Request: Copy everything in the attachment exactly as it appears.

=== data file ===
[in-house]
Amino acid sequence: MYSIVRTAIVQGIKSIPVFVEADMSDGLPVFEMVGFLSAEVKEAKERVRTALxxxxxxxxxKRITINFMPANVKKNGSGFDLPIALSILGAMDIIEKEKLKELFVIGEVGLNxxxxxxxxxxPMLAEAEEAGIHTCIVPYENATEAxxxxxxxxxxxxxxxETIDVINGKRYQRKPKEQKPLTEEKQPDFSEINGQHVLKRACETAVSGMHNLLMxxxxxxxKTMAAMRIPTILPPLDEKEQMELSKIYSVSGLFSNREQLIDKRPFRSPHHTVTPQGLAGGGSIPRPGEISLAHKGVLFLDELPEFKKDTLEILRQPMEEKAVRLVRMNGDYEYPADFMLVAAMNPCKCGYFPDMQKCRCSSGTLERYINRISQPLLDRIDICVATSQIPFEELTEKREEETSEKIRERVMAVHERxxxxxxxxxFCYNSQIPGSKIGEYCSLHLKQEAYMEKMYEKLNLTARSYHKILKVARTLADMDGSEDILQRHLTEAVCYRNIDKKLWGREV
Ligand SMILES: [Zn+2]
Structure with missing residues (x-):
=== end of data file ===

[in-house]
Amino acid sequence: MYSIVRTAIVQGIKSIPVFVEADMSDGLPVFEMVGFLSAEVKEAKERVRTALxxxxxxxxxKRITINFMPANVKKNGSGFDLPIALSILGAMDIIEKEKLKELFVIGEVGLNxxxxxxxxxxPMLAEAEEAGIHTCIVPYENATEAxxxxxxxxxxxxxxxETIDVINGKRYQRKPKEQKPLTEEKQPDFSEINGQHVLKRACETAVSGMHNLLMxxxxxxxKTMAAMRIPTILPPLDEKEQMELSKIYSVSGLFSNREQLIDKRPFRSPHHTVTPQGLAGGGSIPRPGEISLAHKGVLFLDELPEFKKDTLEILRQPMEEKAVRLVRMNGDYEYPADFMLVAAMNPCKCGYFPDMQKCRCSSGTLERYINRISQPLLDRIDICVATSQIPFEELTEKREEETSEKIRERVMAVHERxxxxxxxxxFCYNSQIPGSKIGEYCSLHLKQEAYMEKMYEKLNLTARSYHKILKVARTLADMDGSEDILQRHLTEAVCYRNIDKKLWGREV
Ligand SMILES: [Zn+2]
Structure with missing residues (x-):